Marketing should be much more than building the customer experience over the web and also include the required monitoring of analytics, target specific users or groups, and to be able to create campaigns. This could be achieved by choosing the right tools to cater to marketing needs.
AEM is a part of Adobe Marketing Cloud because of the belief that the marketing efforts should be taken up automatically with the AEM efforts rather than putting additional efforts into it. Hence, it is very easy for AEM to be integrated with Adobe Campaign, Adobe Analytics, or even with Adobe Target. Not just this, there are many more third-party tools that it integrates with to provide much more flexibility and extensibility for AEM.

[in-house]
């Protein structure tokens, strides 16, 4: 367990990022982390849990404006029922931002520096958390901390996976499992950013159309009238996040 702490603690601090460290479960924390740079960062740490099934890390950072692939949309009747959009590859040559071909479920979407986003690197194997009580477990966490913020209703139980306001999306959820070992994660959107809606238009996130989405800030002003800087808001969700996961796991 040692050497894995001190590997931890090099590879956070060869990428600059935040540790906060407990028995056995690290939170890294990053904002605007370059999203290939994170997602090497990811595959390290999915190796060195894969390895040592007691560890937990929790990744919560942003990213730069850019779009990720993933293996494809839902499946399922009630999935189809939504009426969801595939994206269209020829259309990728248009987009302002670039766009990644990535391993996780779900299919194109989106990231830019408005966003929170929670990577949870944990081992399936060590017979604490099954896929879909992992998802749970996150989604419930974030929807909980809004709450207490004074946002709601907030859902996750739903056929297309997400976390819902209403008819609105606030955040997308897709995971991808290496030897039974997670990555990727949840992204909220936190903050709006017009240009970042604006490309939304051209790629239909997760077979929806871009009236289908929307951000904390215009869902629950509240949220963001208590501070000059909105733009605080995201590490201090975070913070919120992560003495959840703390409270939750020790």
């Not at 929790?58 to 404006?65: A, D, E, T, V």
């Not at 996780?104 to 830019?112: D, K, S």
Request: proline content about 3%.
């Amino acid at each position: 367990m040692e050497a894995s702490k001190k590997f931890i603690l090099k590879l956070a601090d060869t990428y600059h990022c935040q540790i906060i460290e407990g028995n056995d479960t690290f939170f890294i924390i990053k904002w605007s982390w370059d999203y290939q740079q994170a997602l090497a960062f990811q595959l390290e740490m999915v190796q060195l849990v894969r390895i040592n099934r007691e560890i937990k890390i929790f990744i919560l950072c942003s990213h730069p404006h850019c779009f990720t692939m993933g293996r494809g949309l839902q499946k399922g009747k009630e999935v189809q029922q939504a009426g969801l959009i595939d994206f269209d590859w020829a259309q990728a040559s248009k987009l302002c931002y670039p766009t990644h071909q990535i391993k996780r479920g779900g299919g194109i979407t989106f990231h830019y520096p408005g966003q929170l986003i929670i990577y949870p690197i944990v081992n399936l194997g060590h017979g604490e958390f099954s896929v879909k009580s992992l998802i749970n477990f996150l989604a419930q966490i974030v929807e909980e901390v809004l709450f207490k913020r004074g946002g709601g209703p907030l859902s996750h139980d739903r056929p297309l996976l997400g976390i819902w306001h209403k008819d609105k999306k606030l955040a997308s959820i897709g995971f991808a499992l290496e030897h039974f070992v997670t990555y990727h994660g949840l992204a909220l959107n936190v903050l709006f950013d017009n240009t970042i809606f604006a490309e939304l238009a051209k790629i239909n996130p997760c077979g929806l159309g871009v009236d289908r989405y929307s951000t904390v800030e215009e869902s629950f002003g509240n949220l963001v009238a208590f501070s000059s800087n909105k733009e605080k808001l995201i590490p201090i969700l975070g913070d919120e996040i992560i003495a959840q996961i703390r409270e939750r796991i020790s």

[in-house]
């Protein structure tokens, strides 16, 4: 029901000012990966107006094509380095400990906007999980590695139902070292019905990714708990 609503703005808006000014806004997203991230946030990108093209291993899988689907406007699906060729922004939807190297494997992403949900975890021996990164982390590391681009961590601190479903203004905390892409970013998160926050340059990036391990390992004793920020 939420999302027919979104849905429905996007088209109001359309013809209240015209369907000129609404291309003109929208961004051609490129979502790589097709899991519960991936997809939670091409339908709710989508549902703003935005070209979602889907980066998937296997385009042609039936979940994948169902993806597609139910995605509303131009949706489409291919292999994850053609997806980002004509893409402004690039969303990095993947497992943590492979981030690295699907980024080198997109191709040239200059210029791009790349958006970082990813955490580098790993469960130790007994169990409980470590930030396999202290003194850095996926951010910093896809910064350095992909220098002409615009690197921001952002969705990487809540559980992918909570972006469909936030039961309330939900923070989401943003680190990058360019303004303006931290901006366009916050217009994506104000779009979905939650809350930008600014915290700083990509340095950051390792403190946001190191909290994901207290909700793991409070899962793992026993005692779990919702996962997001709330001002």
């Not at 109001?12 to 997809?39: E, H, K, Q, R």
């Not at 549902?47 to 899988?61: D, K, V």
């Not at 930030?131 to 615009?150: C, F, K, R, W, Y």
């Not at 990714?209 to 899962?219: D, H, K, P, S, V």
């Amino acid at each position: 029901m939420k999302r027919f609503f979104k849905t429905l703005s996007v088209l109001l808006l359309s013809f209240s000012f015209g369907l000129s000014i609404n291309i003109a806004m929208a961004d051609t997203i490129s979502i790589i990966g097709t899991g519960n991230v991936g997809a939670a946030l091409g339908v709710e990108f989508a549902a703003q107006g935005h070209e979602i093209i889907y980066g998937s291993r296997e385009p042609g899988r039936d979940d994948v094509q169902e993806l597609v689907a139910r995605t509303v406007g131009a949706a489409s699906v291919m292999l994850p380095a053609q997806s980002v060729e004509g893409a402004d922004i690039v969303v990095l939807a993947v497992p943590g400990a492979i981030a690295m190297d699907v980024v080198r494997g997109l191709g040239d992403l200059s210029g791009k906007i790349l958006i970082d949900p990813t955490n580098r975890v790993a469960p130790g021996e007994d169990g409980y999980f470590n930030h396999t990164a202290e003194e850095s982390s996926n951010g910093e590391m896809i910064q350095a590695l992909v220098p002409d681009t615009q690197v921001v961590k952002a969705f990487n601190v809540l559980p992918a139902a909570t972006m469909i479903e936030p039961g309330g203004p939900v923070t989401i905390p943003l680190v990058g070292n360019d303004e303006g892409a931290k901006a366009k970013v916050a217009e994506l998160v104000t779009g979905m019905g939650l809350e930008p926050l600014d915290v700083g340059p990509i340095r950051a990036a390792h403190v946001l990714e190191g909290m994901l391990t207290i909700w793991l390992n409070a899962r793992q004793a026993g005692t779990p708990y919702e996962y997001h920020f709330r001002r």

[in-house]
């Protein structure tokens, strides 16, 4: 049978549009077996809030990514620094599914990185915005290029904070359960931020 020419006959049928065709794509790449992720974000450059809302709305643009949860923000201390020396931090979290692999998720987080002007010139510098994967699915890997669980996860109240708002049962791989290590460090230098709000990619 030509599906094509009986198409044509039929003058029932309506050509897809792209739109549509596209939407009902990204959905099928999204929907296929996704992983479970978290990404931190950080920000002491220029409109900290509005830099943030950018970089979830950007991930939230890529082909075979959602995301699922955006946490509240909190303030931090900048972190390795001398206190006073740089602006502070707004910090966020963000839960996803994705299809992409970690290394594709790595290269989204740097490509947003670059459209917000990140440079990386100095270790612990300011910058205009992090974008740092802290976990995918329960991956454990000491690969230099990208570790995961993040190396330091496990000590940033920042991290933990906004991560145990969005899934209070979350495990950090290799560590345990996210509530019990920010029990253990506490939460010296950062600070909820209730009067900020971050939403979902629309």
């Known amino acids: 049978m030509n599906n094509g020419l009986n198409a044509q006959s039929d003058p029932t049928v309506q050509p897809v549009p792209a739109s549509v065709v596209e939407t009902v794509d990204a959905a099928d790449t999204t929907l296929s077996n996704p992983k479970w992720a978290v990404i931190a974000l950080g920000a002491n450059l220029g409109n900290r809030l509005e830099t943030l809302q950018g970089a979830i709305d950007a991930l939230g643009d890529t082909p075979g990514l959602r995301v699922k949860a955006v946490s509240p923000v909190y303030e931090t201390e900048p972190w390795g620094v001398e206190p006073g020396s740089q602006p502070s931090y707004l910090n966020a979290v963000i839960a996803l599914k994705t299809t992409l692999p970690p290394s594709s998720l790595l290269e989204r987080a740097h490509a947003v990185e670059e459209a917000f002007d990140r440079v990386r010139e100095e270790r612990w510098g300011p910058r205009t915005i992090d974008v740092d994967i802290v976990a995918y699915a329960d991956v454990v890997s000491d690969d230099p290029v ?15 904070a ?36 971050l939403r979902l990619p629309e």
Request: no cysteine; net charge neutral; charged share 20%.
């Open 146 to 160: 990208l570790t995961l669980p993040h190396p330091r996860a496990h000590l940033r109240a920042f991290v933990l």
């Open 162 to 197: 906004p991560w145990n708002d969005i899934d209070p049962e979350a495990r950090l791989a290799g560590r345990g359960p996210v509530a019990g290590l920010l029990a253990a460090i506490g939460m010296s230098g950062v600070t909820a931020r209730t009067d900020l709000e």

Adobe Experience Manager (AEM) comes along with a wide variety of out-of-the-box building blocks and components. The development of a project is the first thing that uses all of these out-of-the-box features, hence reducing the development costs to a bare minimum. Secondly, these components are supported by Adobe pretty well when migrated to newer versions of AEM.
The amount of code that has to be written is also brought to a minimum with the advent of these components, which is the third advantage of it.
All the content that is getting created on a day-to-day basis might not fit into each and every customer’s curated content, and hence requires a little bit of tailoring to fit their set of requirements. Hence, there is a need to filter content based on the profile of the visitor.